COVID-safe food sharing: The do’s and don’ts of entertaining

Whether you’re entertaining at home or ‘taking a plate’ here’s how to make sure the food you dish up is COVID-smart.

It’s the way of the times that COVID-friendly considerations have become a factor in how we approach social interaction.

Just as a friendly elbow-bump is accepted as a COVID-appropriate means of greeting, and remaining “socially distanced” is common parlance, thought must be given to the food we share when we get together and how we serve it.

The COVID risks around food

It’s important to understand where the potential for spread comes from around food, and thankfully it isn’t the food itself, says Food Safety Information Council communication director Lydia Buchtmann.

“The good news is that Food Standards Australia New Zealand says COVID-19 isn’t likely to be spread by food but it ­can be spread on surfaces like plates and utensils and, of course, people’s hands,” she says.

How to make your party COVID-safe

Sharing food and drinks, as well as crockery, glasses, and cutlery is not good COVID-safe practice, nor is offering up a communal bowl of chips, nuts or dips where many hands may be repeatedly reaching in.

Instead, Lydia recommends options that can be easily portioned.

“You may want to serve up individual plates of food rather than let people serve themselves,” she says.

“If you do have shared plates, such as a salad bowl, give everyone their own serving spoons or forks separate from the cutlery they will be eating with and putting in their mouths.

“Don’t let your guests pick up food from a communal plate with their fingers, for example bread rolls can be put on individual side plates to save people reaching for them.”

Lydia also suggests setting up seating to help people keep their distance and, if the weather permits, take your party outside where there is more space and better air circulation.

How do you host COVID-safe birthday parties?

We all enjoy celebrating a birthday, and while the pandemic hasn’t put a stop to this completely, it has changed some of our favourite rituals.

“Blowing out candles, or even singing Happy Birthday, can spread viral droplets,” says Lydia.

She recommends swapping birthday cake for cupcakes with a candle for each child to blow out.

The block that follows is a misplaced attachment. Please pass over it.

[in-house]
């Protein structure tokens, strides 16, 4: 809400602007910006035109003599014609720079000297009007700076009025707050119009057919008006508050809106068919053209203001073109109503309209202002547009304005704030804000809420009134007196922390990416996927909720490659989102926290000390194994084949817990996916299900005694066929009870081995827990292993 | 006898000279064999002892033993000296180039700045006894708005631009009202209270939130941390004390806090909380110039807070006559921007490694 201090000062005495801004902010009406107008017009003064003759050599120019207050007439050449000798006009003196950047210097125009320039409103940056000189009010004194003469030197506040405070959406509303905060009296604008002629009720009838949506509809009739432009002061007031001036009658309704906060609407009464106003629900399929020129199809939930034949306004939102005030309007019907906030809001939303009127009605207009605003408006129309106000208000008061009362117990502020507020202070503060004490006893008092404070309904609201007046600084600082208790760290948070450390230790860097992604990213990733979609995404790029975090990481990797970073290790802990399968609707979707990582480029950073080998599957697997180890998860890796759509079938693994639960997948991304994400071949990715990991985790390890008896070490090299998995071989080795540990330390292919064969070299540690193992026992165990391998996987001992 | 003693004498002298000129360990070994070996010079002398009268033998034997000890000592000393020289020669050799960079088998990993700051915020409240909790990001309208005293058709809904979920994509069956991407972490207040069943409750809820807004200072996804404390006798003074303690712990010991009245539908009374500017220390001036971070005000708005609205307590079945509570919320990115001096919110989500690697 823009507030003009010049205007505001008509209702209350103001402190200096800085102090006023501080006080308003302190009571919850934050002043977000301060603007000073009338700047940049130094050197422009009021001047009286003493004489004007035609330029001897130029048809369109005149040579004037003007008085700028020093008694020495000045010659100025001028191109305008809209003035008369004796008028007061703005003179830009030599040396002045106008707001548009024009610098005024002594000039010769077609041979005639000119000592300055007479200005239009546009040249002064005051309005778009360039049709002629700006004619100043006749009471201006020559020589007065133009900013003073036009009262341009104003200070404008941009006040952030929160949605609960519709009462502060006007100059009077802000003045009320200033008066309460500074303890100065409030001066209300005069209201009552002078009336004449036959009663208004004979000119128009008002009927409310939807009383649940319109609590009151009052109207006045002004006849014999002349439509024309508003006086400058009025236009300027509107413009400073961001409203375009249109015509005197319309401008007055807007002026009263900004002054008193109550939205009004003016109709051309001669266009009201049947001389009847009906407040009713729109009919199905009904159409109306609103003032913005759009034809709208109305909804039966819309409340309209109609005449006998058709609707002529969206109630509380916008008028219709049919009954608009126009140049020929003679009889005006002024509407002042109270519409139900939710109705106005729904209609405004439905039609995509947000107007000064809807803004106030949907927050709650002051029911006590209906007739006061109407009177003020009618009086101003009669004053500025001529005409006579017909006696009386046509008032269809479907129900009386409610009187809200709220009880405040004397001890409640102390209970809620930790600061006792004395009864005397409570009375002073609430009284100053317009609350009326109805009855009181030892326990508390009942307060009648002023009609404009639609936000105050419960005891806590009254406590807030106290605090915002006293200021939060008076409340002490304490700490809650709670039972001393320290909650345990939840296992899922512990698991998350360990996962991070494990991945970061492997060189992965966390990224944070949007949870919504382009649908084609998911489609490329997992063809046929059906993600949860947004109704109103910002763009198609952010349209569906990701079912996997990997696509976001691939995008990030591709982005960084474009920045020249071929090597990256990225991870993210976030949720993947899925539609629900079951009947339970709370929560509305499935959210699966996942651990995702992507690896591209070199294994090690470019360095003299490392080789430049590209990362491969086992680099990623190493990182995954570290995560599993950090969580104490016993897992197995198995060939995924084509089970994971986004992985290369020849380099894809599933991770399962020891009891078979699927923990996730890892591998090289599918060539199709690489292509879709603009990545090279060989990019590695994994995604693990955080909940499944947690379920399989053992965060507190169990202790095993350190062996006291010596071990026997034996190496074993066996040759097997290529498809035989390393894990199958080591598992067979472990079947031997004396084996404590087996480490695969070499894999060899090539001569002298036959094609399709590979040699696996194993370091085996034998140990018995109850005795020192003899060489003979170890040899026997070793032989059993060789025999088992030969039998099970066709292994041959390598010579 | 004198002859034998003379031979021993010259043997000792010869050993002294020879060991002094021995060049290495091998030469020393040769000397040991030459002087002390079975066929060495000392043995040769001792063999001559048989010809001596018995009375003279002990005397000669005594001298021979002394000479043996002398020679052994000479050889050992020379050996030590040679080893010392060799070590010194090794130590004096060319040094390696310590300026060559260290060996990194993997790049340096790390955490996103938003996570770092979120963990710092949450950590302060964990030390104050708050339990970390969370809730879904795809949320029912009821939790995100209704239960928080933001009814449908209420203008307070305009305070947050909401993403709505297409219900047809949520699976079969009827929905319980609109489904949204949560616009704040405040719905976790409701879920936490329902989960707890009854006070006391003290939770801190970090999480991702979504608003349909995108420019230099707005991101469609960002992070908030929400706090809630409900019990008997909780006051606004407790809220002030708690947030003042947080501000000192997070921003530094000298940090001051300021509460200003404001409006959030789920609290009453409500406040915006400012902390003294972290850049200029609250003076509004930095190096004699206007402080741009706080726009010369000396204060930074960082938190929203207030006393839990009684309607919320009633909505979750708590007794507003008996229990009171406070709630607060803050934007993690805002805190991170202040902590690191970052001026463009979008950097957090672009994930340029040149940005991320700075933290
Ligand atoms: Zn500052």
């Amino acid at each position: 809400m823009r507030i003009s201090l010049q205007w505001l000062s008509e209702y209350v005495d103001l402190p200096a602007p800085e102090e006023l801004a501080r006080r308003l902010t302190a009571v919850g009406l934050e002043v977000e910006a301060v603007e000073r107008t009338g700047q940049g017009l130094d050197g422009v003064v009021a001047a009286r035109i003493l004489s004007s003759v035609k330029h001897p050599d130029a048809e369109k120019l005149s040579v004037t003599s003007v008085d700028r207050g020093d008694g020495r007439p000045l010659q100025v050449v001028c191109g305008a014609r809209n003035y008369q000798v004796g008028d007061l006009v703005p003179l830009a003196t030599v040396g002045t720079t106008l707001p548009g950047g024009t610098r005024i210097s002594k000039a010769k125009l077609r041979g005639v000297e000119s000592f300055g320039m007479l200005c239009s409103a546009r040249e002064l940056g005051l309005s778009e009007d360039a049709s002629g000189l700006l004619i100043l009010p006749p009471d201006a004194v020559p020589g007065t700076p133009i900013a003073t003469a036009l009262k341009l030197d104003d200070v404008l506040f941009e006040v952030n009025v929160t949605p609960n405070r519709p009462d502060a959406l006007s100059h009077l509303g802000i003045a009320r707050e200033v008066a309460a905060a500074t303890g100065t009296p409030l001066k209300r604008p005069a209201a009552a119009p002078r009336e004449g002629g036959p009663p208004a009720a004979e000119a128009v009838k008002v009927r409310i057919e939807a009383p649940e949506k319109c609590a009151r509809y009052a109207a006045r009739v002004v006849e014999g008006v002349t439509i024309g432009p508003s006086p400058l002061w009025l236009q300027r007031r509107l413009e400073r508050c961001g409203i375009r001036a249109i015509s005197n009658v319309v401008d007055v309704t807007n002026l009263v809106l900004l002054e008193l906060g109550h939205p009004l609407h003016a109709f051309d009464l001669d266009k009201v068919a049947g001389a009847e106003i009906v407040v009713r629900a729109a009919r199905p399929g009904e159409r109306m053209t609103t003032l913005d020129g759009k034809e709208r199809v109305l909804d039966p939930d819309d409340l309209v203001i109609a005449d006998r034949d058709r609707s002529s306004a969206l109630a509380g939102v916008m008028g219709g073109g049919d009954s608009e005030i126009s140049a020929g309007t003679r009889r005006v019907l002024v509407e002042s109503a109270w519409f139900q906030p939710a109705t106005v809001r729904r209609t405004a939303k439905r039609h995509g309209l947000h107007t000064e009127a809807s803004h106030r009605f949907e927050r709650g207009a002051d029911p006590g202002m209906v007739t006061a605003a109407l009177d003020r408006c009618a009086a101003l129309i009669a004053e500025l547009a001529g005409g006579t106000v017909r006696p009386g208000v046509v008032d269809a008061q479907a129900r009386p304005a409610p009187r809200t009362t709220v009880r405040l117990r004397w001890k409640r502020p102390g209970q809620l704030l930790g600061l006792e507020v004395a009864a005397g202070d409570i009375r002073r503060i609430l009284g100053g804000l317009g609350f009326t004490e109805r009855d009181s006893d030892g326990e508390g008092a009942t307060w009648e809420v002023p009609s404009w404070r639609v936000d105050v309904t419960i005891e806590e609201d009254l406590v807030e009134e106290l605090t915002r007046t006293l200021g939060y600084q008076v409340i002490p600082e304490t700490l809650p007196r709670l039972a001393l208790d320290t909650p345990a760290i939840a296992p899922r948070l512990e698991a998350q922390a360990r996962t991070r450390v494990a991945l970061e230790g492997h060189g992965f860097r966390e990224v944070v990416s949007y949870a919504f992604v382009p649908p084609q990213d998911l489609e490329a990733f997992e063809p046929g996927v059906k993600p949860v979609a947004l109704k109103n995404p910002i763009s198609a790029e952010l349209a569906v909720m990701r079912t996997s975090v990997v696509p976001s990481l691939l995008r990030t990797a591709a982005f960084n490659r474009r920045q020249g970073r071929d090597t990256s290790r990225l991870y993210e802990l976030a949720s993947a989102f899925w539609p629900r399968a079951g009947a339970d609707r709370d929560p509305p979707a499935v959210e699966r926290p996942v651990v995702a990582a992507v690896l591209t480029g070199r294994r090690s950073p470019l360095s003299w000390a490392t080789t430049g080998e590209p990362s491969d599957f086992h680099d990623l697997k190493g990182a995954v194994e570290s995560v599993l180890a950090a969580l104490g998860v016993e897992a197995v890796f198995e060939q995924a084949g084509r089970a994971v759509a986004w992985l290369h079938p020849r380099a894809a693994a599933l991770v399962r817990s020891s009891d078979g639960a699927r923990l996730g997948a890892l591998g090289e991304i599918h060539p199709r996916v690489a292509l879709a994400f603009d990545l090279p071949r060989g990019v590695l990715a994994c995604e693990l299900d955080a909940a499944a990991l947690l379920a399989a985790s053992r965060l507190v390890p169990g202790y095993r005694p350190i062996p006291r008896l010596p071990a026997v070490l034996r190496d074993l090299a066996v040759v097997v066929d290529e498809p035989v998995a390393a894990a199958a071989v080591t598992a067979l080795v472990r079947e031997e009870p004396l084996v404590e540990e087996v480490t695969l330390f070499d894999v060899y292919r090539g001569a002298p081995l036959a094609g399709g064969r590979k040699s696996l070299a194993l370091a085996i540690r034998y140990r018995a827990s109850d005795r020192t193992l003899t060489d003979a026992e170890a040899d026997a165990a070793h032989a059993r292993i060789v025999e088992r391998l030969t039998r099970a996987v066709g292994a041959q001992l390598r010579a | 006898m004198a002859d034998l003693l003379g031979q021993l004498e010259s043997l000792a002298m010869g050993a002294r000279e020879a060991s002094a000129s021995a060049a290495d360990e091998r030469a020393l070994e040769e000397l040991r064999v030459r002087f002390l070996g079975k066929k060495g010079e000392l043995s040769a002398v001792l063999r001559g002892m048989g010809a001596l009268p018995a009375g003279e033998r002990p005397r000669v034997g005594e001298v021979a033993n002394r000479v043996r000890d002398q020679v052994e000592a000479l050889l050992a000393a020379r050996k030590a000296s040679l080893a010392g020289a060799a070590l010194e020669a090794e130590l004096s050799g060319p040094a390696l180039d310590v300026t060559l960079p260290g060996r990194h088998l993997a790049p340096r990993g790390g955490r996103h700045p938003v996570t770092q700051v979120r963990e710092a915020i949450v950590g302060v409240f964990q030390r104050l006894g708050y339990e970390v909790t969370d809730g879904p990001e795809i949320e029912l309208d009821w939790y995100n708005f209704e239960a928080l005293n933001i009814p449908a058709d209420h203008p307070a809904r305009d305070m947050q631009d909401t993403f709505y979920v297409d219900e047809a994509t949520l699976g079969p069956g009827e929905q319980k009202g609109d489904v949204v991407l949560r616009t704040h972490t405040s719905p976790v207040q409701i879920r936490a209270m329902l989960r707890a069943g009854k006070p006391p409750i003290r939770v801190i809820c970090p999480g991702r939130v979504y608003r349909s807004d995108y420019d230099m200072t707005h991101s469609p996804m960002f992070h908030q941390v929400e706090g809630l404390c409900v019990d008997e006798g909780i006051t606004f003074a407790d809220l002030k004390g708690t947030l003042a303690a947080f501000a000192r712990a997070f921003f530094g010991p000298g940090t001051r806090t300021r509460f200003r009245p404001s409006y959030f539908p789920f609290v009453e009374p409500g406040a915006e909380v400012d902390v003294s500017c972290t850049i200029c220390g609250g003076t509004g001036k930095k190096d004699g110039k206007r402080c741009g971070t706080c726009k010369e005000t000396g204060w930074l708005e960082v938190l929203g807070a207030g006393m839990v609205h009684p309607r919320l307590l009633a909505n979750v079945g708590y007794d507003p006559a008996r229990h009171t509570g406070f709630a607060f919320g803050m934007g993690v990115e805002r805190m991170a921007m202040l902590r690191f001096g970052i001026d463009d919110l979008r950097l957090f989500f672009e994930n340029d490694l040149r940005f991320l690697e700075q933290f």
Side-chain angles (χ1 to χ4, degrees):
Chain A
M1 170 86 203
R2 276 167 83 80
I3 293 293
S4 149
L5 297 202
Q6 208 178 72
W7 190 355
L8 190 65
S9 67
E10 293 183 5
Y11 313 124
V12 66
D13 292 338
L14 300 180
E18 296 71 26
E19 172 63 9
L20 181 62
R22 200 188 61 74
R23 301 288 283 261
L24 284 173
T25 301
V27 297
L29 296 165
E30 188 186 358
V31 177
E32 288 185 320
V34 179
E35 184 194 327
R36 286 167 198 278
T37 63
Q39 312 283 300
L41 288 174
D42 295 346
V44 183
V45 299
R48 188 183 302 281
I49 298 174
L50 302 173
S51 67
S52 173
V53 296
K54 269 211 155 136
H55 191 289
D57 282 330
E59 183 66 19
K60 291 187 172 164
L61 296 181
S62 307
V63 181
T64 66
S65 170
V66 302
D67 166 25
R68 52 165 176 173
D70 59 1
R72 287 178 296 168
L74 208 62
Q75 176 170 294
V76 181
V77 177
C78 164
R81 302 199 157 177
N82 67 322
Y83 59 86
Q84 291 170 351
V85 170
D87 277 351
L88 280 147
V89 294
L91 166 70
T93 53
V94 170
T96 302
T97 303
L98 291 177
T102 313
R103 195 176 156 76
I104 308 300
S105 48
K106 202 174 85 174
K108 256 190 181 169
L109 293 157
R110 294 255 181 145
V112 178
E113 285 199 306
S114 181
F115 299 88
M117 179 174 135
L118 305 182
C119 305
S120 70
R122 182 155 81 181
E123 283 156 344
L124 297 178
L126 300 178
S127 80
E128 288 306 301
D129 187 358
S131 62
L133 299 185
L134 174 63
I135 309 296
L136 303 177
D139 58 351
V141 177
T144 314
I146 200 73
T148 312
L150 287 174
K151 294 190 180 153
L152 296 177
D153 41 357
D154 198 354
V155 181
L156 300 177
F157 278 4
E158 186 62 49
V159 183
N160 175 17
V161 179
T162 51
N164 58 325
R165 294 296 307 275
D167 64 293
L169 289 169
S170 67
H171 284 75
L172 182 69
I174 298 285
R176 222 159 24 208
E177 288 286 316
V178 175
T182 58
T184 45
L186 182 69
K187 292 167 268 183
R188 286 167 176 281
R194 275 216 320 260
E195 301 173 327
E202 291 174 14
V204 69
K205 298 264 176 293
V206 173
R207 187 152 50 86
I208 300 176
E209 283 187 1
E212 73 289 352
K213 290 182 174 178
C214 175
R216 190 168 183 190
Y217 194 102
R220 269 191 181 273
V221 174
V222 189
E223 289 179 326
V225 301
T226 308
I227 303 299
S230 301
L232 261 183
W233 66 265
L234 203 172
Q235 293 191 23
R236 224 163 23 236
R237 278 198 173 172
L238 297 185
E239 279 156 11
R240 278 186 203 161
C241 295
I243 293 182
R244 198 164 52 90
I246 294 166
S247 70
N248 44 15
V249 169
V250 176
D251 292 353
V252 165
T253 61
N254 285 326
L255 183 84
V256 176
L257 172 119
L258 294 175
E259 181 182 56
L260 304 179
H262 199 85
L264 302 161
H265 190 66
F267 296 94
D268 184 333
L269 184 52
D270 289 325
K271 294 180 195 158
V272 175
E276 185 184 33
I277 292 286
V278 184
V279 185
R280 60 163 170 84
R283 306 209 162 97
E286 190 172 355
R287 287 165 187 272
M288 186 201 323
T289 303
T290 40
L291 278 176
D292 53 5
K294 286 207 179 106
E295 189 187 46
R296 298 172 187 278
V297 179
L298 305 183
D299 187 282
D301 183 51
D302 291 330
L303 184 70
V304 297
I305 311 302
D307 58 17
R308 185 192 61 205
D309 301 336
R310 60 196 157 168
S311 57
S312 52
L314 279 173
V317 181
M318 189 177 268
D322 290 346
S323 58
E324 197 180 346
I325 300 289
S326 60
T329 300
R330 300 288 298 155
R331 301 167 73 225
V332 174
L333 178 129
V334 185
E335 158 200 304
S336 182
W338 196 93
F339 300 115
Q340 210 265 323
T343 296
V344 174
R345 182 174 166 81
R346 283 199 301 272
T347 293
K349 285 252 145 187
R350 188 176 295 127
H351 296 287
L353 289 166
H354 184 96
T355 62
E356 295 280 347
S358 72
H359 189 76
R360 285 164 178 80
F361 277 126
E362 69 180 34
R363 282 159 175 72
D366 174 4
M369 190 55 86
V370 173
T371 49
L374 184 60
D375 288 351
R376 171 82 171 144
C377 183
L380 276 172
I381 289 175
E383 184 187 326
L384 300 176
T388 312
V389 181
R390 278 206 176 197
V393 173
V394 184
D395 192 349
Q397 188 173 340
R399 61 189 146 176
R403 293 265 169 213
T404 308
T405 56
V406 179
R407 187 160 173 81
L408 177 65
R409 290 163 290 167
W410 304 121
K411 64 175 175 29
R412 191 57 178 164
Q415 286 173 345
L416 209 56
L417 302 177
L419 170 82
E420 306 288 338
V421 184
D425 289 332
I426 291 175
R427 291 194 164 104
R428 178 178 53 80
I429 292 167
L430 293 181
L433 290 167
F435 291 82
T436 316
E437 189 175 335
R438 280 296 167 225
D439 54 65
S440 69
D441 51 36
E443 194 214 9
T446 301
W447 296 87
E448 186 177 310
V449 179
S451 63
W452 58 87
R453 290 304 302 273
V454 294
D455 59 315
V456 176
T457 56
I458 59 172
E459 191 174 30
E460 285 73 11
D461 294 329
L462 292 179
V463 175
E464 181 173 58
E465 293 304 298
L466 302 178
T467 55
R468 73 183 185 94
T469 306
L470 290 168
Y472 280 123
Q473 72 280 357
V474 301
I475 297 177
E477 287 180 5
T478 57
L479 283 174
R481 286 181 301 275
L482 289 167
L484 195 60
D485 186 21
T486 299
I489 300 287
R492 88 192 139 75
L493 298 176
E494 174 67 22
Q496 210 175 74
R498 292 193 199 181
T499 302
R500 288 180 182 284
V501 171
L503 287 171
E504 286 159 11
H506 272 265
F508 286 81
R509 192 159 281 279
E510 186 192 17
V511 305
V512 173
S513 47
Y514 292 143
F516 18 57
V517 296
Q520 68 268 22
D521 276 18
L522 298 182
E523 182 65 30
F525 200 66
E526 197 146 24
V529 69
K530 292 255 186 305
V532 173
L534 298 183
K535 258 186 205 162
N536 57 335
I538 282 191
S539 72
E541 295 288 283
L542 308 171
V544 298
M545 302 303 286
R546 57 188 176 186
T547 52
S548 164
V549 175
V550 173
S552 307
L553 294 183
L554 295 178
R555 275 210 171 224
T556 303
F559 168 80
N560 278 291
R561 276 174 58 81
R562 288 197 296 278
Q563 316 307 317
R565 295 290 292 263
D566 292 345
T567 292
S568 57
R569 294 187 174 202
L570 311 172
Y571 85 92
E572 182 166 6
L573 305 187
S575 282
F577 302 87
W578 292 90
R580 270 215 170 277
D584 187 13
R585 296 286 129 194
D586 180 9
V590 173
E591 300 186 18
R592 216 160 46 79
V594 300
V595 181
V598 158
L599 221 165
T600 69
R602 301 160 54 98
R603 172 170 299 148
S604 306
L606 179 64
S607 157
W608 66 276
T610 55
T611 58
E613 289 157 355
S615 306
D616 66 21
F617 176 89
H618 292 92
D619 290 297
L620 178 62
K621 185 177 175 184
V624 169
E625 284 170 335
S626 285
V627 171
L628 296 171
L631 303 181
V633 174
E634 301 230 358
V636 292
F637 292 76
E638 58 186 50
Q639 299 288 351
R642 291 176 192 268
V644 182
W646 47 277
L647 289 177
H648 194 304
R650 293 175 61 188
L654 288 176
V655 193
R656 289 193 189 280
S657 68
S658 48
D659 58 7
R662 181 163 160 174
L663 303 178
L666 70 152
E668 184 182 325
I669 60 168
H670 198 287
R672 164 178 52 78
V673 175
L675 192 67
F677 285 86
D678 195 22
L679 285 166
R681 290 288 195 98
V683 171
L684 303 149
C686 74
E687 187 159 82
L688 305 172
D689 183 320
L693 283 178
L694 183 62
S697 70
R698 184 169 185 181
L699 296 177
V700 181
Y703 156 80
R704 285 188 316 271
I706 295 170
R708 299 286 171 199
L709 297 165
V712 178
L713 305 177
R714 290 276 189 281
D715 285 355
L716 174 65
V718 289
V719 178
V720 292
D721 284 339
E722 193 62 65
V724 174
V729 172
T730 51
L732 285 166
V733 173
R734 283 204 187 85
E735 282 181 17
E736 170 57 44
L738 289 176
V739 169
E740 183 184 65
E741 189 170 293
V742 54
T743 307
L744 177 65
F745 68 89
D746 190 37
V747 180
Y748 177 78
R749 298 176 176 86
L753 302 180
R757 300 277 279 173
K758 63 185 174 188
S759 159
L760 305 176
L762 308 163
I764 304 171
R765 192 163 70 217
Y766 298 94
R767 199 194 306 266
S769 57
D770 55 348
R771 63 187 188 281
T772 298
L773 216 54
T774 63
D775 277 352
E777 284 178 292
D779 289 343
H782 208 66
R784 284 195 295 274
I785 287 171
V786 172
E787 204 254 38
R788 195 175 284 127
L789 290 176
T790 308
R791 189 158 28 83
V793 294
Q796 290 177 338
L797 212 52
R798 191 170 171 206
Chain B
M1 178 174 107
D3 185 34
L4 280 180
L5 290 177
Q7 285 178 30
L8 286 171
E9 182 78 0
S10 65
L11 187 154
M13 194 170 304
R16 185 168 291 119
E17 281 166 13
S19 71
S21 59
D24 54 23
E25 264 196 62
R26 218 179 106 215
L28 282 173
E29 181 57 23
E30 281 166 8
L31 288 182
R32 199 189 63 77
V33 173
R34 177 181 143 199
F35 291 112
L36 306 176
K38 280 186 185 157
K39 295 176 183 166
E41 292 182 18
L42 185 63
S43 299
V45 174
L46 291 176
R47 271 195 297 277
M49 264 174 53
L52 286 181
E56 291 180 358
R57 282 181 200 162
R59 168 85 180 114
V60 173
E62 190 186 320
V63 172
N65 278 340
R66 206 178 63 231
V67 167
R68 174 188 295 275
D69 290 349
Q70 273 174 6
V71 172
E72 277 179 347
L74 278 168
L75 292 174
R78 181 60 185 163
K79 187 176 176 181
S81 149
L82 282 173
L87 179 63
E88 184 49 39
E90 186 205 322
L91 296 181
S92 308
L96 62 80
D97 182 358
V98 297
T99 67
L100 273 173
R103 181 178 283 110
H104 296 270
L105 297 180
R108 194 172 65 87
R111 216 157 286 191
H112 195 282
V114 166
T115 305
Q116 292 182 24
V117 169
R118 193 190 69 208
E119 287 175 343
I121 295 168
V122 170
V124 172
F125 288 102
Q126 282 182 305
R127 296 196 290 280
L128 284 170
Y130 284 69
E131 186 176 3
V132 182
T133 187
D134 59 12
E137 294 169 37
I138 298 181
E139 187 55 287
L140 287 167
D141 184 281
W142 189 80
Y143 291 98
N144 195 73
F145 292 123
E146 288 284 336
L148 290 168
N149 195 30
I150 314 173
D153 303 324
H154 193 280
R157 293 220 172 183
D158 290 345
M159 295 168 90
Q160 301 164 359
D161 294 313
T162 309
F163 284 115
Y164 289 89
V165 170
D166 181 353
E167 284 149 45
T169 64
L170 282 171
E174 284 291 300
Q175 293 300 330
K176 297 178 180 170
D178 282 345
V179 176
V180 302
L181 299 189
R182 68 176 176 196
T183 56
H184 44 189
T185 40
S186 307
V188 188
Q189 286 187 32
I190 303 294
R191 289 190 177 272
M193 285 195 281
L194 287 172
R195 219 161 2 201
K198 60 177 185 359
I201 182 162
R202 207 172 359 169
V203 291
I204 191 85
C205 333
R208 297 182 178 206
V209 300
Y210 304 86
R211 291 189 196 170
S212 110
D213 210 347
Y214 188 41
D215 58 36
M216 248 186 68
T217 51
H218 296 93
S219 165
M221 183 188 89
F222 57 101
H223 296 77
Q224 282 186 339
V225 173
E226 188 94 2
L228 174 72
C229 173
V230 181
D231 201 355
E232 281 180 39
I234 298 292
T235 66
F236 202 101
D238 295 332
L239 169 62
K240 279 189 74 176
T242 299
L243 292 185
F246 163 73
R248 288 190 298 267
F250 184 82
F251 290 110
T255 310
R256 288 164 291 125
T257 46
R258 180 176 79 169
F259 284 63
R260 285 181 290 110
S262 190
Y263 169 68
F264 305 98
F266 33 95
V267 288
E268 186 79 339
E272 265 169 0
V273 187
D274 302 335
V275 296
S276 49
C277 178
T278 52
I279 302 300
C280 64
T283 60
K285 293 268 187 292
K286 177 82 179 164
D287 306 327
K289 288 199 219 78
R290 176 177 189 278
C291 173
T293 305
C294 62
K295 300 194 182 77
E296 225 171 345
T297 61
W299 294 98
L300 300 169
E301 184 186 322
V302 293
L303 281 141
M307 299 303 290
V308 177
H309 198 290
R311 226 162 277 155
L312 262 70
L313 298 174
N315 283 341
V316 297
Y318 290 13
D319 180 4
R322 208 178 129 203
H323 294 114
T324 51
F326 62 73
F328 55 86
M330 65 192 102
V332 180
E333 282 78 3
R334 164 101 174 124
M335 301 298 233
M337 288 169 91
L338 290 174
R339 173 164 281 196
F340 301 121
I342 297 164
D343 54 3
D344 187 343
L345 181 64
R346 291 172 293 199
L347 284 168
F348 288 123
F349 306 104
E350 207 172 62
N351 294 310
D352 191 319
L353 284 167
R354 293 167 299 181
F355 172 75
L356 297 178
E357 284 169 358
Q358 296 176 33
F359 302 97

How can you share food with a COVID-smart tick?

“You might want to consider a barbecue where the cook can serve up the meat on to your guests’ plates and someone else can dish up whichever salad they want,” says Lydia.

“If you are eating inside perhaps serve up the main dish on individual plates.”

Check out these delicious COVID-friendly serving options:

If you’re thinking of savoury dishes, Luke Hines’ Barbecue Salmon Skewers will impress your guests and are easily served straight from the grill onto their plate.

For something lighter, this Poached Chicken Salad with Green Tahini Dressing is super-healthy, and can be easily offered in individual portions.

These Steamed Prawn Gyozas will look delightful presented in disposable food boats you can buy from your local party supplies store.

For something sweet, try Luke Hines’ Chocolate Crackles that can be served in disposable paper cases.

This Chocolate and Hazelnut Mousse not only tastes great, it will look stunning presented in individual glasses ready for your guests.

COVID-safe best practice for gatherings

While it’s lovely to connect with other people, Lydia says there are a few things you should remember before having people to your house, including:

  • Making sure you have plenty of handwashing facilities and hand sanitiser available to maintain good hand hygiene, as well as ensuring there are ample paper towels available for drying hands.
  • Before arranging your social gatherings check any advice from health authorities about local COVID-19 restrictions on the number of people allowed.
  • If you or anyone in your household is unwell or have cold or flu symptoms, cancel the event, stay home and get tested.
  • Don’t forget to contact your guests just before the event to check they are feeling well and ask them not to attend if they are unwell.
  • It’s also good sense to make a list of anyone who did attend and their contact details.

Written by Claire Burke.